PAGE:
Is Your Music Legal?
In musician circles, trade magazines, and the blogs of Performing Rights Organizations (e.g., ASCAP, BMI, SESAC) many opine regarding the increased difficulty of earning money and making a living as a singer/songwriter. One of the aspects typically discussed is the impact of illegal uses of music.
Being a relative newcomer to the music industry, my perspective on this topic probably is not as “black and white” (absolute wrong and right) as someone who lobbies for the rights of musicians on a daily basis, but I definitely have changed my perspective in the last two years. I have absolutely no tolerance for an individual or company that flagrantly listens to or uses music illegally. However, I do have some compassion for individuals and companies that just don’t realize they are committing a crime.
From my perspective, there are three basic groups that use music illegally, (without properly compensating the individuals and companies that are due royalties):
1) Flagrant Royalty Dodgers – This group is made up of people who “should know better”, probably “DO know better”, and are taking a calculated risk that they won’t get caught. An example of a flagrant miscreant is a company that uses a song in their television commercial without asking permission or compensating copyright holder(s) for the use of the song. I was demoralized to read an article where Bono from U2 and other musicians with deep legal pockets were quoted regarding the prolific misuse of their music. If Bono and other chart-toppers have trouble receiving proper compensation, indie musicians definitely have an uphill battle.
2) Mixtape Makers – This second group may realize they’re doing something wrong, but I’m more inclined to believe they do not realize the error of their ways. Before CDs, internet radio, and iTunes most of us received music from the record store or from AM/FM radio. Prior to iPod playlists we had “mixtapes”. For those of you younger than myself, an explanation: A “mixtape” is a collection of songs recorded on a cassette tape either off the radio or by borrowing the records, tapes, or CDs of friends and making an illegal copy of the recording. Today’s “Mixtape Makers” are individuals who download music from pirate sites, or rip a friend’s CD to their laptop to use on an iPod. I have always been someone who “follows the rules”, so the fact that I listened to mixtapes 20-30 years ago indicates that I didn’t realize this youthful indiscretion was blatantly wrong. Similarly, many people today have the opinion that if it’s on the internet it should be free. Just as years ago I didn’t consider that this was someone’s work product, for which he/she deserved to be compensated, many people today don’t consider that this is exactly the same as leaving a retail store without paying for merchandise.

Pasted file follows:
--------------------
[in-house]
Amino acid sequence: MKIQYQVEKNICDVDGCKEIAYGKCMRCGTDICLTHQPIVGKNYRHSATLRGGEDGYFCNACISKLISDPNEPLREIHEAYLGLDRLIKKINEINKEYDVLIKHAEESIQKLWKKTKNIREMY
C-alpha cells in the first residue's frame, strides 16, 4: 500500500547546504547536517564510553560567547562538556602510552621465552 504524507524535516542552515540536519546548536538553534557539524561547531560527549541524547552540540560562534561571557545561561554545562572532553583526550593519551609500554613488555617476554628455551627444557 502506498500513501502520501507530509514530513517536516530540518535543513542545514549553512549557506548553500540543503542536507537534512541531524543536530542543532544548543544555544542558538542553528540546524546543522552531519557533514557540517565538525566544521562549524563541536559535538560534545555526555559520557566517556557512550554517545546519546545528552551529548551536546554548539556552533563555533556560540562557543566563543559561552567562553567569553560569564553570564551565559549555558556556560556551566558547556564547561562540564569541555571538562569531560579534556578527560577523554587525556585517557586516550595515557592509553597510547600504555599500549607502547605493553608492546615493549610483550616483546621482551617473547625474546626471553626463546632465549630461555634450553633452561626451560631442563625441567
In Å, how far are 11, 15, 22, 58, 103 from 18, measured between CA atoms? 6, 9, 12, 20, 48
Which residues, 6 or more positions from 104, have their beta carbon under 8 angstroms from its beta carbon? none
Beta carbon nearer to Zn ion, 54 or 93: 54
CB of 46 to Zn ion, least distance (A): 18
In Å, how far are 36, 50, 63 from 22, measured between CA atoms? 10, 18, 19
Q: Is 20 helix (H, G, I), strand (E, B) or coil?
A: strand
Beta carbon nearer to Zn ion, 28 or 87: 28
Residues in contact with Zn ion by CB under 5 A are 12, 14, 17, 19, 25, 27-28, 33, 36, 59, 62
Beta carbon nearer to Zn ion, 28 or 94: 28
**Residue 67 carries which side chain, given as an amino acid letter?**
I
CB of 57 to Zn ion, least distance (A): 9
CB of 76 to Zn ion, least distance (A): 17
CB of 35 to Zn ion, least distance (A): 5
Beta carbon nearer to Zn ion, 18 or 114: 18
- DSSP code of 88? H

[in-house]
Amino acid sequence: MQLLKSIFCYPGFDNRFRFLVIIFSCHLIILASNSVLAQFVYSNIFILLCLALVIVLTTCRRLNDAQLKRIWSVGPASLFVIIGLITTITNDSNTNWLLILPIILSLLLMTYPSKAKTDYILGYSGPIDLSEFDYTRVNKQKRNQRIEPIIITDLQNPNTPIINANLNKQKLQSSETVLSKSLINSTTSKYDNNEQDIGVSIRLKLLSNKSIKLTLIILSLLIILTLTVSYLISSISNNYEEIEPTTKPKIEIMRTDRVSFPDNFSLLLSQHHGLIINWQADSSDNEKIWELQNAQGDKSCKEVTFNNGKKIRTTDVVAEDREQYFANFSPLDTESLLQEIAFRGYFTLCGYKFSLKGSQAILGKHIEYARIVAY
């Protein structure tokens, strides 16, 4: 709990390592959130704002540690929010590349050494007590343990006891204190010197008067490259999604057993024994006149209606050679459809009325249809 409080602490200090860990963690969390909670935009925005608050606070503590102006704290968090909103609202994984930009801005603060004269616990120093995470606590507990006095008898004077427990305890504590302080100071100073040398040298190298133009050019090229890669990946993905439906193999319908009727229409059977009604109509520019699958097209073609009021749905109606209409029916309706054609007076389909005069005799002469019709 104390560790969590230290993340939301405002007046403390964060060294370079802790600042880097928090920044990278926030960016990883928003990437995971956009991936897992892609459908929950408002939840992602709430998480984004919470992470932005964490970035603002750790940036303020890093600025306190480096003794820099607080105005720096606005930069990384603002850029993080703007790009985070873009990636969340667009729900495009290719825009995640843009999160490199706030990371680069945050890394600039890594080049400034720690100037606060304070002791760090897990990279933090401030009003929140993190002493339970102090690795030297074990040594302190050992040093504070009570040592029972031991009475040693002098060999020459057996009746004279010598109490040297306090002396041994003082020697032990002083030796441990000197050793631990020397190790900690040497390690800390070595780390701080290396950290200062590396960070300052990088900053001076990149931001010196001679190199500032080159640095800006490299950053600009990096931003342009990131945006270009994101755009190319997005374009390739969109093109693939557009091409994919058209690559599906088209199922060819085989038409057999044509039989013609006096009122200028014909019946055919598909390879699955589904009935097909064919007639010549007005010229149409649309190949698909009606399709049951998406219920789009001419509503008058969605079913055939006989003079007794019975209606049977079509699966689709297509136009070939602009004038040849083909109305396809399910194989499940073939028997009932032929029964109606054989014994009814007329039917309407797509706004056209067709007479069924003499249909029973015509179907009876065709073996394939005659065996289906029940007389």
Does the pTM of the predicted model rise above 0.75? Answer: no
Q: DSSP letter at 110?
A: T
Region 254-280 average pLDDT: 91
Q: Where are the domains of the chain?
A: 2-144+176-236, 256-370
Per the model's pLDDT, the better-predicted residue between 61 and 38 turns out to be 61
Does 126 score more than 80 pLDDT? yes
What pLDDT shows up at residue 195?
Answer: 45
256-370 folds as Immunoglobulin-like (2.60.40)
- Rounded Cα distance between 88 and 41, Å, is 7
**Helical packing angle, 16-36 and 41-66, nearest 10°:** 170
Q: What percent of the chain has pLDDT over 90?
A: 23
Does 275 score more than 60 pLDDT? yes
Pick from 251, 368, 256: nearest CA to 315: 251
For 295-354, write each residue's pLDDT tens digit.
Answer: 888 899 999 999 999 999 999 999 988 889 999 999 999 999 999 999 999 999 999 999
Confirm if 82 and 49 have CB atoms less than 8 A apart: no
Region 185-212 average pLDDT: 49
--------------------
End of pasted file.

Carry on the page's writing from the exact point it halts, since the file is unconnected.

3) Legal Gray Area Violators – The third group is comprised of people or companies who THINK they’re doing the right thing, because they have paid for the music they are streaming (e.g., Spotify). In reality, they are illegally transmitting the music as hold music on their telephone lines or music ambiance in their retail establishment without paying licensing fees to a PRO (Performing Rights Organization, e.g., ASCAP) for the right to transmit this music. Therefore, the copyright owner(s) aren’t receiving the royalties they are due.
If you are a fan of our music or music in general and you fall into groups #2 or #3 above, I would ask that you take steps to start listening to music legally. As musicians such as Bono address violators in Group #1 and these company’s business practices are made public, I am hopeful that public opinion will shape future compliance among this group.